What Remedy Does Hardin Suggest Averting “Tragedy of the Commons”?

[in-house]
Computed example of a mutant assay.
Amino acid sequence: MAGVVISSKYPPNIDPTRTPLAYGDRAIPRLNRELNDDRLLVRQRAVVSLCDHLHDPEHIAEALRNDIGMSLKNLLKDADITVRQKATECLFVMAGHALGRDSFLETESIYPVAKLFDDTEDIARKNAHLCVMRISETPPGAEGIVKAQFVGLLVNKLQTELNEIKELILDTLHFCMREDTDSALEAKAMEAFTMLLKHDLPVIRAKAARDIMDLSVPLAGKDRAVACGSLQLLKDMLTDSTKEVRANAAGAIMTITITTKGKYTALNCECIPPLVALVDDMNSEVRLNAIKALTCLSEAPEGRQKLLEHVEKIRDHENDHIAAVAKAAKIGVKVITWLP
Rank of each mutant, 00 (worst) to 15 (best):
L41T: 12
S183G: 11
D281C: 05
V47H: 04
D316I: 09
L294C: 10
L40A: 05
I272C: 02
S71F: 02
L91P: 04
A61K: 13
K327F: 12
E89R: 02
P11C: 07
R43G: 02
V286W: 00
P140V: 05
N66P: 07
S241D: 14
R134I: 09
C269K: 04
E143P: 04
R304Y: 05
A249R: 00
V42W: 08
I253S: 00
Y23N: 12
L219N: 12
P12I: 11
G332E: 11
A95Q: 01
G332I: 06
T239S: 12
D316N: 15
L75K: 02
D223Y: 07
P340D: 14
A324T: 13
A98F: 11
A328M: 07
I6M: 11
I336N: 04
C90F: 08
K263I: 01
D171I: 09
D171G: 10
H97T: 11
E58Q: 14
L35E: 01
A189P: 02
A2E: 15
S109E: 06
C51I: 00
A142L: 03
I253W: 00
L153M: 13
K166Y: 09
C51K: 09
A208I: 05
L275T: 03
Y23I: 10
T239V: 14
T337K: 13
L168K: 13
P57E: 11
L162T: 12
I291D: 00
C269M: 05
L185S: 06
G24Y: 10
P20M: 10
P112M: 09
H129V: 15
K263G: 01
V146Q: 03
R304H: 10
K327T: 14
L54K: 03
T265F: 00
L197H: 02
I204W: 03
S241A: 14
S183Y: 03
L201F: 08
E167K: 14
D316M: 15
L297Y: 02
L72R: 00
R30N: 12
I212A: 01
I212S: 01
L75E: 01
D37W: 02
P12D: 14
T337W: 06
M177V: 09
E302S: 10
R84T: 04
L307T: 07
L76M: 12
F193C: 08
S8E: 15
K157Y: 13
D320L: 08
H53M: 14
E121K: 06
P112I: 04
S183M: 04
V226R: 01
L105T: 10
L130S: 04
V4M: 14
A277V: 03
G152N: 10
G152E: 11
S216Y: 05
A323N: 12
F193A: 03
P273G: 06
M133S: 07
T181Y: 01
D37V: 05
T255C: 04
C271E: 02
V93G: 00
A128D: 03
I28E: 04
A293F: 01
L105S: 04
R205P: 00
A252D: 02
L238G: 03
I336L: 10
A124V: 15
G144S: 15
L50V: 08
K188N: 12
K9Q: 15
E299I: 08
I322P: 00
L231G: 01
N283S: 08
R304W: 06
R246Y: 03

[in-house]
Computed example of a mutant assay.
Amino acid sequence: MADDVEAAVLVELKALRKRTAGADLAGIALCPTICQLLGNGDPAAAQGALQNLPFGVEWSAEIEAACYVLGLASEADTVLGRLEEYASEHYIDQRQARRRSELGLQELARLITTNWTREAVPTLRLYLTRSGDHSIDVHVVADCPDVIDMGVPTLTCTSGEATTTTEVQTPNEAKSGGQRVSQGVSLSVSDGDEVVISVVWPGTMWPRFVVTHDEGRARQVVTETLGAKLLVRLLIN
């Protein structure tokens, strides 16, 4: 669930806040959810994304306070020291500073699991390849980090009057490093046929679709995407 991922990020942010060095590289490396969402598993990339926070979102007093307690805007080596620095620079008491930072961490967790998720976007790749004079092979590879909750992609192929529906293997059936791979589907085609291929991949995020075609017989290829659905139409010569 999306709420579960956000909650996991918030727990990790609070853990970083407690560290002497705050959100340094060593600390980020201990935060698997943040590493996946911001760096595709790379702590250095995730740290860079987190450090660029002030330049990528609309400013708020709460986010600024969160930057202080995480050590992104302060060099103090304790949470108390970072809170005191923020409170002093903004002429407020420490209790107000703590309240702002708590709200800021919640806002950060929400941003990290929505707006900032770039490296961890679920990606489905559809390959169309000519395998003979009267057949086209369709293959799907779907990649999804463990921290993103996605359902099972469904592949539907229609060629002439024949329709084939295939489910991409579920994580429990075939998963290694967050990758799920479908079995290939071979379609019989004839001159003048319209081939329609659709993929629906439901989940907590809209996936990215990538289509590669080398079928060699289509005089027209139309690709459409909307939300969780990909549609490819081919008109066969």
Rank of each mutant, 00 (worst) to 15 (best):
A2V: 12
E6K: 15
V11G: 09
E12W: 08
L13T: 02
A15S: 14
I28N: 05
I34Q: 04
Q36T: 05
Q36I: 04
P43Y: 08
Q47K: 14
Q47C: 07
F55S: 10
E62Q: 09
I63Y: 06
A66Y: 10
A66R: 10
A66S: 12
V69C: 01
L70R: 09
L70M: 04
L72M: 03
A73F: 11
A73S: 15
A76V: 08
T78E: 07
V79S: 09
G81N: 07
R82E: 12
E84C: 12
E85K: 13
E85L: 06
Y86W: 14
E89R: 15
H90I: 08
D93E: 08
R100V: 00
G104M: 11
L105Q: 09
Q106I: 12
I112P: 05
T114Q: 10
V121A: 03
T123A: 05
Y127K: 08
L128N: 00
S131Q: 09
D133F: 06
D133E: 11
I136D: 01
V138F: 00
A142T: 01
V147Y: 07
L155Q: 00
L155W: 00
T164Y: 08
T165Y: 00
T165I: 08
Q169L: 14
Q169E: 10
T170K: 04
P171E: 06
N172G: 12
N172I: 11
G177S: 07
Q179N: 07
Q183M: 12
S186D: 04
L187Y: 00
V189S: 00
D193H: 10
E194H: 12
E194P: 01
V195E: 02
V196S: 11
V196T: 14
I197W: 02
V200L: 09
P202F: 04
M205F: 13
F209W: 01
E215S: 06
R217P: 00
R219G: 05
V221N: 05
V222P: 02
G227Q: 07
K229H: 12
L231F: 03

First, Dr. Hardin himself misapplied the fable. Declaring that “overpopulation” was a tragedy of the commons, he warned that “freedom to breed will bring ruin to all.” He and others advocated a “lifeboat ethic” of denying food aid, even during emergencies, to poor countries with rapidly growing populations. But “overpopulation” was not even a theoretical example of the tragedy of the commons. Parents are not like the cattle owners who profit individually by adding cows to the pasture (while collectively destroying it). Parents, unlike the cattle owners, have to pay to feed and house and educate their children, and the high economic costs of children are one reason that birth rates have declined around the world — without any of the coercion discussed by Dr. Hardin and some other ecologists (like Paul Ehrlich).